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The Death of Cool

Founder and Editor-in-Chief of Desillusion Magazine, Sebastien Zanella talks about his new project and the influence of surf and skate cultures

by Fiona Killackey in Culture on 20 August 2013

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Wary that his newest project would be consumed for being buzz-worthy rather than genuinely good, French-born photographer and founder and editor-in-chief of Desillusion Magazine, Sebastin Zanella found a name for his multi-facet consultancy, The Death of Cool. While the name caused mixed reactions at CH HQ, we certainly appreciate Zanella's dedication to creating something original. "When we decided to do a small clothing range, calling it The Death of Cool seemed right," Zanella tells us from his space at the Copenhagen International Fashion Fair (CIFF) earlier this month. "Everyone is so consumed with trying to be the next big thing, or buying something not because it genuinely makes you feel a certain way. We wanted to create something more meaningful, in-line with everything that Desillusion stands for."

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Inside the sparse, yet purposefully-decorated booth, Zanella's influences and intentions are immediately apparent. Numerous copies of Desillusion's latest issue sat atop on a stand, accompanying The Death of Cool's small clothing range, as well as some of Zanella's favorite labels from the surf and skate scenes—brands like Loser Machine, Dark Seas and Poler. "So many surf and skate magazines have no soul, and so much of the business has become all about being the biggest and the most commercial. So we try to counteract that by looking at the artists and the true creatives for whom surfing and skating is just a huge part of their life," says Zanella. "A lot of stuff is aimed at the young guys coming into this and not necessarily at the guys—say in their 30s and 40s—who’ve been active for decades. People who live authentically and who genuinely love getting out there not because it’s deemed cool but because it’s just who they are."

Among the creative types Zanella respects is Adrian Lopez, founder of both Loser Machine and Dark Seas. "I was in Santiago years ago and people were talking about this amazing skater, Adrian Lopez, who was just 18 at the time. He was touted to become one of the greatest," recalls Zanella. "The dark side of life got the better of him and he became involved in drugs and guns and ended up doing time. When he got out he channeled that energy and experience into his [motorbike] riding, surfing and into these clothing labels. Everything about them is authentic. He's living the whole rough, hard, out there all-hours, skate-or-die lifestyle. The clothes reflect that and they're genuine."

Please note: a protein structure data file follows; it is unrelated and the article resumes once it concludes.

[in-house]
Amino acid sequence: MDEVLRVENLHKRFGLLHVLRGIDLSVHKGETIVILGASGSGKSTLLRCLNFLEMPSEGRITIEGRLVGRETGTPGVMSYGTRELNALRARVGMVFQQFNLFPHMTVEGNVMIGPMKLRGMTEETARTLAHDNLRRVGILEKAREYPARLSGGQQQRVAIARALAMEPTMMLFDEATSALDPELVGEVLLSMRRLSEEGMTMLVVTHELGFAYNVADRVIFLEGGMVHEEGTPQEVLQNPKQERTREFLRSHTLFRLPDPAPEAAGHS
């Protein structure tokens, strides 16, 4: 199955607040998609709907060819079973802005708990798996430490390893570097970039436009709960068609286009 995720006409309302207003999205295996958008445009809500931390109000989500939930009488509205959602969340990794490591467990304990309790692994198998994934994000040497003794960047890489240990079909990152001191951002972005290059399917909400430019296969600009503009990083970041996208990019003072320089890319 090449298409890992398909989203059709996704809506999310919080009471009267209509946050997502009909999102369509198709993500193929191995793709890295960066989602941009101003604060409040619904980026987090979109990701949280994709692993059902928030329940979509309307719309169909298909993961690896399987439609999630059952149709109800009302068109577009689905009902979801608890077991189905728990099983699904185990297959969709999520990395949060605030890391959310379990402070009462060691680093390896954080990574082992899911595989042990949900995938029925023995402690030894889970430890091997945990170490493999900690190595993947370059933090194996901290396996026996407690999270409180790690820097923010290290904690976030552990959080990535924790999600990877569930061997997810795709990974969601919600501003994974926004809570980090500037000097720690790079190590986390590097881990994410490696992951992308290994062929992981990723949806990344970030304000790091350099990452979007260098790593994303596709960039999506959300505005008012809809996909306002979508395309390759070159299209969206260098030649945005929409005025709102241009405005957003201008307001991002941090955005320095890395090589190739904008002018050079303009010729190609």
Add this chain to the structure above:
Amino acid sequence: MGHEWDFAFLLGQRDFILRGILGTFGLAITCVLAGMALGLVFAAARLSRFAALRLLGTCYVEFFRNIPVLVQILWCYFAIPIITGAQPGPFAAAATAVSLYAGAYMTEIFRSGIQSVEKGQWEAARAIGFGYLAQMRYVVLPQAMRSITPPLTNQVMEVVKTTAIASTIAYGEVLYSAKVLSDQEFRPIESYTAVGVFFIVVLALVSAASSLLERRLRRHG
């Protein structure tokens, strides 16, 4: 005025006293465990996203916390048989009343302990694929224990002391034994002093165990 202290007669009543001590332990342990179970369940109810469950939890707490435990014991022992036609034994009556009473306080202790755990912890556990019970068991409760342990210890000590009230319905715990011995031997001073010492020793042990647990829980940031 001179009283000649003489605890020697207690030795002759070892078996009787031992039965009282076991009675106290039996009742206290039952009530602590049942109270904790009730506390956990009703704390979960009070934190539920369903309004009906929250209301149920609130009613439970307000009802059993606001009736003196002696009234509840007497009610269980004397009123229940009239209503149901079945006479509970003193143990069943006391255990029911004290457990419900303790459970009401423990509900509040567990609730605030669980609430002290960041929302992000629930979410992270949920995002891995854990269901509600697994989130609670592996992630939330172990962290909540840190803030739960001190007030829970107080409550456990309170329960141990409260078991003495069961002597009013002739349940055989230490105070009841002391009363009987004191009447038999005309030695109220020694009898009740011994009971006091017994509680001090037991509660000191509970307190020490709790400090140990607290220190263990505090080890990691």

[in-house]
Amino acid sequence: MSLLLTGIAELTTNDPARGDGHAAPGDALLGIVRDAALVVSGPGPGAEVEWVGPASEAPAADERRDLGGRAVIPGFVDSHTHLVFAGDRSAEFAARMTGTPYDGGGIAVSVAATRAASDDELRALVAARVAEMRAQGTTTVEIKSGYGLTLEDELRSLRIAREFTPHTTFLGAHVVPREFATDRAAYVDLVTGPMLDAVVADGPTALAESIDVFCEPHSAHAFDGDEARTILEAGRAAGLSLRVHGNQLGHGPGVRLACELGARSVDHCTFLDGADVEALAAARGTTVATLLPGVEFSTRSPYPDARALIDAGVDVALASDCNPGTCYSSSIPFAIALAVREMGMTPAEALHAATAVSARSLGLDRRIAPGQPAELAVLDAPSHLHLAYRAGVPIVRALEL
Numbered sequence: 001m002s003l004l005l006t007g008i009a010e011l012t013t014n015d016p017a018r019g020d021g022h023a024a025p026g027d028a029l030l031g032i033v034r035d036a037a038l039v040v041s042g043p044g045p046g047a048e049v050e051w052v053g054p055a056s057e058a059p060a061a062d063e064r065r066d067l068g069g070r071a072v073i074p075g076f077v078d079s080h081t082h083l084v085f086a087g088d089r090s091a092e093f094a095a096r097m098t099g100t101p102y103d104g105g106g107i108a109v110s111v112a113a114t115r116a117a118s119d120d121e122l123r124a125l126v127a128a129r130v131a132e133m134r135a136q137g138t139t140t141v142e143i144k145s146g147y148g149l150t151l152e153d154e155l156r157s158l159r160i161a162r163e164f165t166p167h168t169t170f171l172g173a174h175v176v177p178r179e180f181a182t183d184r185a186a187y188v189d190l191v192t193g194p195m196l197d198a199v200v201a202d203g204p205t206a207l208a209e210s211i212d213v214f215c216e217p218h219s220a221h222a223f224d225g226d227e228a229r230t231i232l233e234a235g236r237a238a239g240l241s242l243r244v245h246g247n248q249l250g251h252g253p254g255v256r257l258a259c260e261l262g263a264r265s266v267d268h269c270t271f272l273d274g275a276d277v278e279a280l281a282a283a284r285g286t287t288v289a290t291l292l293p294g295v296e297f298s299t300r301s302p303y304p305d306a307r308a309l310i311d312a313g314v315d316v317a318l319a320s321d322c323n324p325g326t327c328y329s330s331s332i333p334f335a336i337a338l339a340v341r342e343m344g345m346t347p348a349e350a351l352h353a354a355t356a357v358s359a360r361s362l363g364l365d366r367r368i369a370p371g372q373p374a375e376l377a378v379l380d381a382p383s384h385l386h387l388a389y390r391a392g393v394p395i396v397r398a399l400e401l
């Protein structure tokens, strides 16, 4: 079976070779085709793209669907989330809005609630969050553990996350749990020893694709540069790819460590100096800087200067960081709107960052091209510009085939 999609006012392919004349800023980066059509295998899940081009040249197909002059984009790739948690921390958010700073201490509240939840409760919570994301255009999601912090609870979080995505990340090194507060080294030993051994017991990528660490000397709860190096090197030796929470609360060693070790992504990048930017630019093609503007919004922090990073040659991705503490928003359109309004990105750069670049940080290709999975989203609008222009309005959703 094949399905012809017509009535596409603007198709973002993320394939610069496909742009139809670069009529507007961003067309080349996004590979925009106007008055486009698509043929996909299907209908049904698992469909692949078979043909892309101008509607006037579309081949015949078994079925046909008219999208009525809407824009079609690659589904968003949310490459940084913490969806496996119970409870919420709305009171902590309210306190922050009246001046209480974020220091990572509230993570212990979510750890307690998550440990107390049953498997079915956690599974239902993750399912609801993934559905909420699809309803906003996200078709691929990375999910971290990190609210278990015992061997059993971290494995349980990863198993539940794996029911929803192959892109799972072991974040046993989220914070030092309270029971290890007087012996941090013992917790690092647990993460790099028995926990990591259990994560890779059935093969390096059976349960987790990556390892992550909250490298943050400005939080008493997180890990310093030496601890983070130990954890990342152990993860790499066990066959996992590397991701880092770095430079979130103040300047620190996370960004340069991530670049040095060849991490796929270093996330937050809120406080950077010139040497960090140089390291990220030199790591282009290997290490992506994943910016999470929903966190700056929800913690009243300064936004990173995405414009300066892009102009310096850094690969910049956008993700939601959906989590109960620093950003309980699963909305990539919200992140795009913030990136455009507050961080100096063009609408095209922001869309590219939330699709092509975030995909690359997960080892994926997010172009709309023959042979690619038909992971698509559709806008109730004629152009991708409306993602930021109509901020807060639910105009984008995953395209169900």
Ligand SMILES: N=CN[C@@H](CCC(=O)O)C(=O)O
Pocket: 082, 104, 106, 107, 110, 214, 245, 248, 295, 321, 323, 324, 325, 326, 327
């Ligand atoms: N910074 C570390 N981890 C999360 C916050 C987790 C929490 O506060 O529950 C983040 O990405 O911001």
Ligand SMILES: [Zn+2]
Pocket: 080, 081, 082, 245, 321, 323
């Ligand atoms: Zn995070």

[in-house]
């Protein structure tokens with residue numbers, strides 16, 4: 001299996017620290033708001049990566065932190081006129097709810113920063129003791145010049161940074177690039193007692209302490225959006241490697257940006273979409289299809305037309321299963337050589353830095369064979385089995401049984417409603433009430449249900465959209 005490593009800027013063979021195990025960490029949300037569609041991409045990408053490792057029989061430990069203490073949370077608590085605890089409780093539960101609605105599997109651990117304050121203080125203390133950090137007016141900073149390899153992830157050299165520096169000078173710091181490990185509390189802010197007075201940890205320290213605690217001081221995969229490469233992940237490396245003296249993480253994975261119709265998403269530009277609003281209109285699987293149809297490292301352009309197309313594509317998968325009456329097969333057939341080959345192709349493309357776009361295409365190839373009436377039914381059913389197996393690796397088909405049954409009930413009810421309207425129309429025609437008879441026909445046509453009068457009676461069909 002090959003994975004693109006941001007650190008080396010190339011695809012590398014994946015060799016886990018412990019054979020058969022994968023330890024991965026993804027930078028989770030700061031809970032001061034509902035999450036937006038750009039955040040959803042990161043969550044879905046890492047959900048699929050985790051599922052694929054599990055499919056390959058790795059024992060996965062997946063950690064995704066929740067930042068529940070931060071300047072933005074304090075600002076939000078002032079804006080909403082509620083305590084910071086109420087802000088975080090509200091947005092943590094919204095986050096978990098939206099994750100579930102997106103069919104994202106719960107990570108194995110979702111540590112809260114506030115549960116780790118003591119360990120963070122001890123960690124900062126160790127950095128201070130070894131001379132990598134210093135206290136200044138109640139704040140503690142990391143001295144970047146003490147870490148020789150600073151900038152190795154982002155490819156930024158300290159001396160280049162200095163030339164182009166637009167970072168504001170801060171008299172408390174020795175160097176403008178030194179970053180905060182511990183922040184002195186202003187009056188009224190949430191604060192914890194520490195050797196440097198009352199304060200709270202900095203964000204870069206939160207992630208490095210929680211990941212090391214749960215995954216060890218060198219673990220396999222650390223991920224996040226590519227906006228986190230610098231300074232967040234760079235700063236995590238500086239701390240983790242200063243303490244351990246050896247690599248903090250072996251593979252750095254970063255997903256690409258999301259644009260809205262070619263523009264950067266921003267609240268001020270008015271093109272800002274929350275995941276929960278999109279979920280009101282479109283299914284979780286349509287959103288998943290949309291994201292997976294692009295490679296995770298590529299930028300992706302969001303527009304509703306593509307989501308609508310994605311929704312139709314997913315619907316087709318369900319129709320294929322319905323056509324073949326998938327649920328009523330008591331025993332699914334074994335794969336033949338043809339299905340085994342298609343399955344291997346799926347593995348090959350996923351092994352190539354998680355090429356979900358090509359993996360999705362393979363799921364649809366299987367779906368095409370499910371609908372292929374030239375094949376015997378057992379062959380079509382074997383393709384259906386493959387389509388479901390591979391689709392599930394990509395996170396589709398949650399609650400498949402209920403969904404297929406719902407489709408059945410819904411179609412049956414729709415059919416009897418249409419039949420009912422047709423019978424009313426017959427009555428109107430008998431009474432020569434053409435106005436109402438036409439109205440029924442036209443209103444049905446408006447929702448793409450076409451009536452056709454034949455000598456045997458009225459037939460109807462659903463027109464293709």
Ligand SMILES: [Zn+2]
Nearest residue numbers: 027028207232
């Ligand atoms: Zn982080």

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Another label found in the booth, chosen for its reflection of the Desillusion take on life is the Portland-based camping brand Poler, created by photographer Benji Wagner and Kharma Vella. Poler's earned the interest of many creatives in and out of the action sports industry by simply being carefree. Shots of Poler gear by people such as surf photographer Ben Gulliver have only added to its credible status. Zanella asks, "Are you on Instagram? You know #vanlife? The real essence of that lifestyle is what Gulliver is all about. He's out there, camping, living in his van, surfing, skating, filming—just doing what he wants. It's genuine. It's honest."

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At the opposite end of the space, propped up next to a neon Death of Cool signage light are two surfboards, the result of a collaboration between Desillusion and Pukas Surf. "We worked with Pukas Surf because its founder, Iñigo Letamendia, is an amazing guy. When he was young, in the Basque Country in Spain, he would dream of living in somewhere like California, but surfing wasn’t allowed where he was. Everyone was ruled under the dictatorship of Francisco Franco and when he disappeared, the hippie movement suddenly appeared. It just flooded in. He started making surfboards with some friends and lived in this commune they set up. He lost a lot of friends to drugs but he found a woman, fell in love and made his boards into a profitable business. He's now stocked all over the world but he still lives like the true hippie he is, out in some shack. You know, it's truly cool that a guy like that—who's made all this money and could rip off the culture—is still living just basically, as he always has; just him and his surfing. It's the way more people should be. There are not many people like that around."

As CIFF came to a close some days ago, you'll have to keep your eye on The Death of Cool Tumblr for what they're up to next. For a daily look into what else is on Zanella's mind, check out Desillusion Magazine online.

Lead images courtesy of Sebastien Zanella. CIFF image, camping image and surf image courtesy of trashhand, Poler and Pukas Surf, respectively.

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